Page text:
Mindfulness, the Working Alliance, and Client Outcomes

dc.contributor.advisorJuhnke, Gerald
dc.contributor.authorAvera, Joseph E.
dc.contributor.committeeMemberMoyer, Michael S.
dc.contributor.committeeMemberSchutz, Paul
dc.contributor.committeeMemberRobertson, Derek
dc.creator.orcidhttps://orcid.org/0000-0001-8175-0775
dc.date.accessioned2024-01-25T22:33:19Z
dc.date.available2024-01-25T22:33:19Z
dc.date.issued2017
dc.descriptionThis item is available only to currently enrolled UTSA students, faculty or staff. To download, navigate to Log In in the top right-hand corner of this screen, then select Log in with my UTSA ID.
dc.description.abstractCommon Factors research has identified the therapeutic alliance as one of the most influential contributors to positive client outcomes. To be present with and fully focused on clients are two robust contributors to a strong therapeutic alliance. Counselors-in-training however are generally trained to execute specific skills. Skills, are viewed by new counselors-in-training as things to do to clients in session vis-à-vis ways to be in session. Helping counselors-in-training develop their ability to be present with clients without feeling the reactive need to interject counseling skills may better therapeutic alliances and providing more effective counseling treatment outcomes. Students in other helping professions report mindfulness meditation practices contribute to feeling more comfortable with clients. Mindfulness meditation develops greater awareness of clients’ needs. This researcher examined counselor mindfulness practices. The study utilized clients’ treatment outcomes and working alliance perceptions. Using a quasi-experimental study, this researcher attempted to capture and explain client reported differences between mindfulness vs. non-mindfulness counselor groups, and the potential significance resulting from these differences. Participants were master’s level counselors-in-training enrolled in a practicum course. The program offering the practicum course was a Counsel for Accreditation of Counseling and Related Education Programs (CACREP) accredited university in the southwest United States. The researcher measured the relationship between the Counselor-In-Training mindfulness practices, and changes in client reported counseling outcomes over the treatment course. Data was analyzed using a Repeated Measures Multivariate Linear mixed model, a specific form of linear mixed modeling analysis. Findings, implications, and future research recommendations are presented and discussed.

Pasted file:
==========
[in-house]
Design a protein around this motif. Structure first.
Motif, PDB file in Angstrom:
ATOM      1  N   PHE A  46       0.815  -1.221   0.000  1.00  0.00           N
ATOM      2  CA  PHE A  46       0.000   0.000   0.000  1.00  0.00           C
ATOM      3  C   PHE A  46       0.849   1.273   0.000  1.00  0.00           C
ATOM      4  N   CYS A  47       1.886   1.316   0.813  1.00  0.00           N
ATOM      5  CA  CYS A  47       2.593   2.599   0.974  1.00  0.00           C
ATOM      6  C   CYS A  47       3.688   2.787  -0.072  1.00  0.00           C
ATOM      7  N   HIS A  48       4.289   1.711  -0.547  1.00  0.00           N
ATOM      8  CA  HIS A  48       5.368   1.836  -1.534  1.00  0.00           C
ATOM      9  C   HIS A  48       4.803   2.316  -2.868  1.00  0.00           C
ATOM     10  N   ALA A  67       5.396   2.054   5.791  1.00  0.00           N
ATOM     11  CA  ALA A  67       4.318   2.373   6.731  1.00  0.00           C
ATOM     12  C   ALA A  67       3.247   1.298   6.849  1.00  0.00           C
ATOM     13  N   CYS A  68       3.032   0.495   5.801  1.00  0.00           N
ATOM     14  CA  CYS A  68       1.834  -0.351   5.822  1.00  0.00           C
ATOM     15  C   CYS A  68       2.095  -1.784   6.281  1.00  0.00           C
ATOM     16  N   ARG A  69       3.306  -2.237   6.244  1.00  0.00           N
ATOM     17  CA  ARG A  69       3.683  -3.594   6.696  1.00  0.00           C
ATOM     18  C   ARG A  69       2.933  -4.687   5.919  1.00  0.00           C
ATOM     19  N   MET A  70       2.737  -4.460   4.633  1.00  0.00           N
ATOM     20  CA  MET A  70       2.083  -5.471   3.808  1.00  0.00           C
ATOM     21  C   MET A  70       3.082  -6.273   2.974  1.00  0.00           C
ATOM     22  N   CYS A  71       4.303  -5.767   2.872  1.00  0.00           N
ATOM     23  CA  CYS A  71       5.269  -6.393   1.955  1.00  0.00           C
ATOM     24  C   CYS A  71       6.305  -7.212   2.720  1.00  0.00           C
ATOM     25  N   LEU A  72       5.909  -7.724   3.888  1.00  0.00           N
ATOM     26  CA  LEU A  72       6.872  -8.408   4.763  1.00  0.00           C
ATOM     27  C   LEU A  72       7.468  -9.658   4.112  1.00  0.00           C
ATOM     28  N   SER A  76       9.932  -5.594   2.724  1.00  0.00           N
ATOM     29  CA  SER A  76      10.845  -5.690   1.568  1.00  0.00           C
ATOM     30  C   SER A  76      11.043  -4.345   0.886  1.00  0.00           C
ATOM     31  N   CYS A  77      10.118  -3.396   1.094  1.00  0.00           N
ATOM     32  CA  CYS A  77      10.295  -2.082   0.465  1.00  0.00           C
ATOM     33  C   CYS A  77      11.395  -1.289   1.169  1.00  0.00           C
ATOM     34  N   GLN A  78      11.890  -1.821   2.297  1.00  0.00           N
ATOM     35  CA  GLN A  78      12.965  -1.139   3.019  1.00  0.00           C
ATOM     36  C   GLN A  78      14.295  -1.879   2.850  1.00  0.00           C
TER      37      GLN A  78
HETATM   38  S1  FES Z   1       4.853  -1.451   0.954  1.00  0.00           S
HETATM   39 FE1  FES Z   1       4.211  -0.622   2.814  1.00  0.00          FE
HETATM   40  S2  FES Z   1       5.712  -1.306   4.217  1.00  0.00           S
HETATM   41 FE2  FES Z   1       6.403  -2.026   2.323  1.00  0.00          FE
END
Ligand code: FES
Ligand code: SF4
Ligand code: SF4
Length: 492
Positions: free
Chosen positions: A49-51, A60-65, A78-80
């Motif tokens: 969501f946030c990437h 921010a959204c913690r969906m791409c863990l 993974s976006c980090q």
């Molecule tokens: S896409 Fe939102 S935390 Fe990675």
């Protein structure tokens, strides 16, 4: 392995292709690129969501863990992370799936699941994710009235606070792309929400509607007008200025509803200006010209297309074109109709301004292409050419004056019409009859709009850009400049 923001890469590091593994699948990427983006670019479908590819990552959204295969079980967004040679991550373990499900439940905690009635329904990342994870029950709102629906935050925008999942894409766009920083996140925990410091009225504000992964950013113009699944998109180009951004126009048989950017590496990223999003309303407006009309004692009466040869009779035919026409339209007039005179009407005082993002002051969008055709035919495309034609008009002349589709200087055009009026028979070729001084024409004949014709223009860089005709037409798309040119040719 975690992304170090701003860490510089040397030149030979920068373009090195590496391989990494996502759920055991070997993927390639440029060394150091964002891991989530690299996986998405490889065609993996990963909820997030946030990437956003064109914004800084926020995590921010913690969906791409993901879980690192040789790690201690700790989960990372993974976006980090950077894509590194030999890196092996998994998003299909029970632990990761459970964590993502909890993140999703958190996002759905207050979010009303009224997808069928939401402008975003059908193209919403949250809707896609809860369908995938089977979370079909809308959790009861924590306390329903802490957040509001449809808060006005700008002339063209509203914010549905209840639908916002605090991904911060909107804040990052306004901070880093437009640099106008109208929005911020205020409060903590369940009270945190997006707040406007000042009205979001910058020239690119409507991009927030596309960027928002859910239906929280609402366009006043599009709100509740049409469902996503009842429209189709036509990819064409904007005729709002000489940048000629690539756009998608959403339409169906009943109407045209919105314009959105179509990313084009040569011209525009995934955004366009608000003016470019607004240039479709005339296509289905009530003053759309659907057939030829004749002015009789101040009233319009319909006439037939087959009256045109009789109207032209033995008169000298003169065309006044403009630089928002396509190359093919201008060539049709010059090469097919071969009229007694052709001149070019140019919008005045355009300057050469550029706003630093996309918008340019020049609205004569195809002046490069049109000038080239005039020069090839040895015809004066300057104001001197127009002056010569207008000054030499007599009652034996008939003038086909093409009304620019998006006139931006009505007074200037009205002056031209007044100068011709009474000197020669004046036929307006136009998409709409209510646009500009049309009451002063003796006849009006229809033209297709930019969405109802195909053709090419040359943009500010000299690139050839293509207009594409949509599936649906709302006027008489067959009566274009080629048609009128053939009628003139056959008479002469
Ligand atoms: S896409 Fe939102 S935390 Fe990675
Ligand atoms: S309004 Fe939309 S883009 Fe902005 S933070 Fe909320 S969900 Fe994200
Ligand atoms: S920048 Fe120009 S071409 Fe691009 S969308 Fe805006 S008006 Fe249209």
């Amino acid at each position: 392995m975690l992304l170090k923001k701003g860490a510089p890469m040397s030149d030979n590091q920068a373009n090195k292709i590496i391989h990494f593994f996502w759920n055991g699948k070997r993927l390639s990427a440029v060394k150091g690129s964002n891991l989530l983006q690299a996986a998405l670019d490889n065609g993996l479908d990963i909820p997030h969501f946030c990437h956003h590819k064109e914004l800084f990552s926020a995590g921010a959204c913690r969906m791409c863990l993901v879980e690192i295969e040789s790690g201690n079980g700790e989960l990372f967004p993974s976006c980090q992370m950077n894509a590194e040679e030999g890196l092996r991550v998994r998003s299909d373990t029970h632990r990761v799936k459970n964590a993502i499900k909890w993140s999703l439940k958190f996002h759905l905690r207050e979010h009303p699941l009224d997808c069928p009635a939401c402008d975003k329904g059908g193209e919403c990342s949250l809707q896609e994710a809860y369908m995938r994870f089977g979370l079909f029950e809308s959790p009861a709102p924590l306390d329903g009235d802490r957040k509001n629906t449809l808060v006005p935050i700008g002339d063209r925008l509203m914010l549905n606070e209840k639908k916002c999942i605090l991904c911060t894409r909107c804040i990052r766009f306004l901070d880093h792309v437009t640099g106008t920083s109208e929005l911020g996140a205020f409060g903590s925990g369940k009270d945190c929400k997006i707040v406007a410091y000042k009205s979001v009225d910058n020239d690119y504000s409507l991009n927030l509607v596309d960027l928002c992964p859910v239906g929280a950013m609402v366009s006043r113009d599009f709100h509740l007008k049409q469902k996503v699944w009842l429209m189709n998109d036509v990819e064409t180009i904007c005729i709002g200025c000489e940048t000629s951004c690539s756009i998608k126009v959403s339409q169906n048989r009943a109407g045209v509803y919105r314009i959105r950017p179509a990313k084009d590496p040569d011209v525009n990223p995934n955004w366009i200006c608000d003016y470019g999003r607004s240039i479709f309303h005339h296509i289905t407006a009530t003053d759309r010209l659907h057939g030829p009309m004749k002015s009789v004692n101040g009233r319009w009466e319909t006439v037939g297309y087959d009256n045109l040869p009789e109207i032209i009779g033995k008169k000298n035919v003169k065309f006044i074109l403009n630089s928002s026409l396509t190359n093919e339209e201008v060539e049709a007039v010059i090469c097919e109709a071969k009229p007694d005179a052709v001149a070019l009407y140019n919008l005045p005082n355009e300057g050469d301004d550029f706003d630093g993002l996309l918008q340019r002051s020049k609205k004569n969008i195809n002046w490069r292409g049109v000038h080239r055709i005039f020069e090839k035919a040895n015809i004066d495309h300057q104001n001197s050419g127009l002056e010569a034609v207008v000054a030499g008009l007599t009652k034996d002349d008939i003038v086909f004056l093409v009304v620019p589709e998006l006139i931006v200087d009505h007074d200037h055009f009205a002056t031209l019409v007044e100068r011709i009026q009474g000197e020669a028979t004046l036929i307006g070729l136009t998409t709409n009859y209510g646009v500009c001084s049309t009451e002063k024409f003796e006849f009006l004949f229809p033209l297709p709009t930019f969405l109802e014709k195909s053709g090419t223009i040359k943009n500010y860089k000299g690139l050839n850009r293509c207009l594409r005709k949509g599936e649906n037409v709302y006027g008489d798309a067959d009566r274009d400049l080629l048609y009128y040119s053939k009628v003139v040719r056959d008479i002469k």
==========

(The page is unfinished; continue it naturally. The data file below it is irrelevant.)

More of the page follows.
dc.description.departmentCounseling
dc.format.extent158 pages
dc.format.mimetypeapplication/pdf
dc.identifier.isbn9780355533163
dc.identifier.urihttps://hdl.handle.net/20.500.12588/2413
dc.languageen
dc.subjectClient Outcomes
dc.subjectCounseling
dc.subjectCounselor Education
dc.subjectMindfulness
dc.subjectTherapeutic Alliance
dc.subjectWorking Alliance
dc.subject.classificationCounseling psychology
dc.subject.classificationMental health
dc.subject.classificationCognitive psychology
dc.titleMindfulness, the Working Alliance, and Client Outcomes
dc.typeThesis
dc.type.dcmiText
dcterms.accessRightspq_closed
thesis.degree.departmentCounseling
thesis.degree.grantorUniversity of Texas at San Antonio
thesis.degree.levelDoctoral
thesis.degree.nameDoctor of Philosophy

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